Ignition Interlock Devices

An ignition interlock is an electronic device installed on your car to prevent it from starting until you take a breath test. Unless your test shows a breath alcohol content of 0.025 or lower, your car will not start. You may also be required to take a “rolling re-test” to ensure that no one blew into the device for you to start the vehicle. If your rolling re-test shows a breath alcohol content of above the limit, your car’s horn will start honking and/or its lights will start flashing continuously.

You may be required to install an ignition interlock device on your vehicle in Michigan after a conviction for a DUI offense. This can be expensive and burdensome and can lead to further actions against you because of false-positive readings. To avoid these consequences, it is best to contact an experienced Michigan DUI lawyer to help you minimize or avoid problems with ignition interlock devices and with alleged violations that occur while using such devices.

When is an Ignition Interlock Device Required in Michigan?

According to the laws in Michigan, you may now be required to have an ignition interlock device installed in the following situations:

  • If you are a habitual OWI offender.

You are classified as a habitual offender if you have had two or more convictions for OWI in seven years or three or more convictions in 10 years. Your driver’s license will be revoked after you are convicted of your offense, and you will be eligible to appeal the revocation after a minimum period. When you appeal revocation, a restricted license may be given conditioned upon the installation of a breath alcohol ignition interlock device (BAIID). You will be required to keep your BAIID installed and drive with the device until the secretary of state authorizes you to remove it.

You may be eligible to have your BAIID removed after using the device for one year as long as no violations have occurred over the course of the year. However, you will need to petition for a hearing for removal. You may not simply remove the device.

  • If you are a first-time offender with a high BAC

Tougher sanctions for first-time OWI offenders in Michigan went into effect on Oct. 31, 2010, after Michigan passed laws creating a new high-BAC operating while intoxicated (OWI) category. Starting in October 2010, anyone arrested for operating a vehicle with a BAC of 0.17 or higher is a high-BAC offender. When convicted of a high-BAC crime, you face an automatic one-year license suspension. However, you may be able to obtain a restricted license after 45 days, contingent upon the installation of an ignition interlock device on all vehicles you own.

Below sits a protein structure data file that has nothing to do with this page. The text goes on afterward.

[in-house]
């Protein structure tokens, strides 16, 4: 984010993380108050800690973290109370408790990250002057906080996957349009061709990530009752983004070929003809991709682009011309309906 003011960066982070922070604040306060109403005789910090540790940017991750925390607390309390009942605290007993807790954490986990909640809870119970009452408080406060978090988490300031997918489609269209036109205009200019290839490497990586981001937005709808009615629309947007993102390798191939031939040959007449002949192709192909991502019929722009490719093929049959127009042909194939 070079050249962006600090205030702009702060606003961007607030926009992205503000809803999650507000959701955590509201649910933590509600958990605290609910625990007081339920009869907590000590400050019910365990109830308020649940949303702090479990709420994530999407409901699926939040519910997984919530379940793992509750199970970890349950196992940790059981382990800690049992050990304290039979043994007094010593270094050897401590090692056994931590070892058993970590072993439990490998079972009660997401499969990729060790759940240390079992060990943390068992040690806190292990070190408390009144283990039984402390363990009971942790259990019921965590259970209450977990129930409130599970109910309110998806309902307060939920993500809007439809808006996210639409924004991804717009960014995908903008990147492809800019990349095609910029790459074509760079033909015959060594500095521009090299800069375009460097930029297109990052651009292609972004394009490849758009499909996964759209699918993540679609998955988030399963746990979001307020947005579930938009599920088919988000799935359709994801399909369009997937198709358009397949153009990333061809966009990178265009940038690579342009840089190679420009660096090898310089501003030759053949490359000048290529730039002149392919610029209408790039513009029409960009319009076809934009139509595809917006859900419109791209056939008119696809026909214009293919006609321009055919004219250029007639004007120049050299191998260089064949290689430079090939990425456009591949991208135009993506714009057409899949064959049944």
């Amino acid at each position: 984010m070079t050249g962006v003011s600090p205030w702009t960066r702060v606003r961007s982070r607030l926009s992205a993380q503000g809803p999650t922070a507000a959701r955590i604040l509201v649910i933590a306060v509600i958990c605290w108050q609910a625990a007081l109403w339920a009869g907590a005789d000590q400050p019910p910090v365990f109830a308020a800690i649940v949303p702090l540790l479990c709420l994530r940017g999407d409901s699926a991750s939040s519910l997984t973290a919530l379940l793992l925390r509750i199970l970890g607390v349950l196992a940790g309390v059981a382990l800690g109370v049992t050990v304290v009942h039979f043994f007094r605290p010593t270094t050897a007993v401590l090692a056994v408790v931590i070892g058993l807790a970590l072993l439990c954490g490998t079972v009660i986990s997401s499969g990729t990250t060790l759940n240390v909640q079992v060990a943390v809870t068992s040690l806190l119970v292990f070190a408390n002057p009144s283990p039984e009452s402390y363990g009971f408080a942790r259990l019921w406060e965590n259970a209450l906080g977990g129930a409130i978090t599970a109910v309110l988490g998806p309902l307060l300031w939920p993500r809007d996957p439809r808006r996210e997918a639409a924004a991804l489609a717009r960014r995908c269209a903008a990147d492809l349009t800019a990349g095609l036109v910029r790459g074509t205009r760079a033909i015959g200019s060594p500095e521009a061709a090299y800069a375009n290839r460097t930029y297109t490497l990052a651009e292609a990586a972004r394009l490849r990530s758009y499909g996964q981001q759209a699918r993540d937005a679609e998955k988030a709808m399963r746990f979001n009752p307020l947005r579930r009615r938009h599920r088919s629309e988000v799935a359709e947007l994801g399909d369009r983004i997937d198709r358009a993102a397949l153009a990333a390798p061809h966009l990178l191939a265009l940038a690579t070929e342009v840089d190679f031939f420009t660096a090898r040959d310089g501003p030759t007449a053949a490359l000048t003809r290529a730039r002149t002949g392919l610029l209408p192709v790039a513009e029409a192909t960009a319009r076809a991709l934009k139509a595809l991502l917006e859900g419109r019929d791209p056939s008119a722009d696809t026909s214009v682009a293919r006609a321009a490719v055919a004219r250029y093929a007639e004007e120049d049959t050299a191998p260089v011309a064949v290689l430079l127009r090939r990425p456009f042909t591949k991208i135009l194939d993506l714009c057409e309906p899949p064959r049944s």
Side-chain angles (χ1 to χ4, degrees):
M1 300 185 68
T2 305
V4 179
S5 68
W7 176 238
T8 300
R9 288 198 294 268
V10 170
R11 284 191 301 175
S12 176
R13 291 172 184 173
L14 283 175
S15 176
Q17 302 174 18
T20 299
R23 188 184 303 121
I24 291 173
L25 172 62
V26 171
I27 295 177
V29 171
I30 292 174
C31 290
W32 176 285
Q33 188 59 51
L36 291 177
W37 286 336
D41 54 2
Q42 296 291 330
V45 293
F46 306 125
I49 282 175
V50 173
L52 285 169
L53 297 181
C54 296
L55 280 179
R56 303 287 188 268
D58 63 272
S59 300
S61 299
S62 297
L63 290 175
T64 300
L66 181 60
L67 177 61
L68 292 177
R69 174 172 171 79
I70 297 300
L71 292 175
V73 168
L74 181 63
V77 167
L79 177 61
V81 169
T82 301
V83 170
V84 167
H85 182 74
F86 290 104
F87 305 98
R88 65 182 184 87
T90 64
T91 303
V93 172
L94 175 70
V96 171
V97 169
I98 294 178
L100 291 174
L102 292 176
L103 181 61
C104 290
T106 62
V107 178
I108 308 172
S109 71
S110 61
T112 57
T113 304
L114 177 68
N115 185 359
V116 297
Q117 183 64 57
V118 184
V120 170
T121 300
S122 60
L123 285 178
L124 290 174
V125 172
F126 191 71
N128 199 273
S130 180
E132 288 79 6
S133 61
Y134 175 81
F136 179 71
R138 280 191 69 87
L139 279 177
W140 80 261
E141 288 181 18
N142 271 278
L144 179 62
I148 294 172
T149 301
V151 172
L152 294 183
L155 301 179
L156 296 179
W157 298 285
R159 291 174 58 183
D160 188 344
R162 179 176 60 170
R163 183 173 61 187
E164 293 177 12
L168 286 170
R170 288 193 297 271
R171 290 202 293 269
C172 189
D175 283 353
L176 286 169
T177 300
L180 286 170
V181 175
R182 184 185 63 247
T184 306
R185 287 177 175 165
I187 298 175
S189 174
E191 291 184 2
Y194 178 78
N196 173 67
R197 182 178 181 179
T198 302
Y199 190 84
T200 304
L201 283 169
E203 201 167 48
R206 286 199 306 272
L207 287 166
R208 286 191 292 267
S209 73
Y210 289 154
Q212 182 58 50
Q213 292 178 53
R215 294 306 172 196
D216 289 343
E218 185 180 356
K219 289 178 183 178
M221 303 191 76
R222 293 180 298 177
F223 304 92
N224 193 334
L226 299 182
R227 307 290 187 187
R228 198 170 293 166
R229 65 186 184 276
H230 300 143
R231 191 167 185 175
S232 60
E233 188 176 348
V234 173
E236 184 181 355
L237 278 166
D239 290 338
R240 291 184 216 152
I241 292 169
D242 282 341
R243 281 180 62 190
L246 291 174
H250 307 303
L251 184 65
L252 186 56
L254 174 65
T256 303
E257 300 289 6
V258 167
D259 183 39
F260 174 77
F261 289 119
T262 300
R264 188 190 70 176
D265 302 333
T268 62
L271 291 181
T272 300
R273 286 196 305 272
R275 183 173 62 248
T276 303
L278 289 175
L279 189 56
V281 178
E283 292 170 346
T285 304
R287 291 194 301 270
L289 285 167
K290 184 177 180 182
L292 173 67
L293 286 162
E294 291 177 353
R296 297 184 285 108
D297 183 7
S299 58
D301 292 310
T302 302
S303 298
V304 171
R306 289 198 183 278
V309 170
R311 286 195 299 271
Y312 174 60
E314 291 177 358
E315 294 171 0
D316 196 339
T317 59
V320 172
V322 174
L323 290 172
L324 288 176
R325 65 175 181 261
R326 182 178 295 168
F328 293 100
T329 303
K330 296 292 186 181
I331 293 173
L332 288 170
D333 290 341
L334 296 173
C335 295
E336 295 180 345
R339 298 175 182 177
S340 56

You may be eligible to remove your BAIID removed one year from the date of your original license suspension, as long as no violations have occurred over the course of the year. You may not remove the device until the secretary of the state authorizes you to.

Consequences of a Michigan Ignition Interlock Device

Not only is it embarrassing to use the device every time you start your vehicle, but friends or family who wish to use your car will also be burdened by having to blow into the device as well.

The cost of an ignition interlock device can also be significant. A state-approved vendor must install the interlock, and you may be required to travel up to 50 miles each way in order to find an approved vendor. The device itself may cost several hundred dollars and you will need to pay monthly or daily fees associated with the rental of the device and the transmission of your data.

While Michigan does not regulate the cost of the devices, the state does limit the daily cost of the devices for low-income offenders. Those who have an income below 150 percent of the current poverty guidelines may qualify for the reduced fee, which is equal to a maximum of $2 per day.

Perhaps the greatest cost, however, is the risk of subsequent legal actions due to the installed device. When the ignition interlock device indicates that your BAC is too high and that you have committed a violation, you should consult with a Michigan criminal defense lawyer right away. Your attorney will help you to deal with the possible consequences of an ignition interlock violation.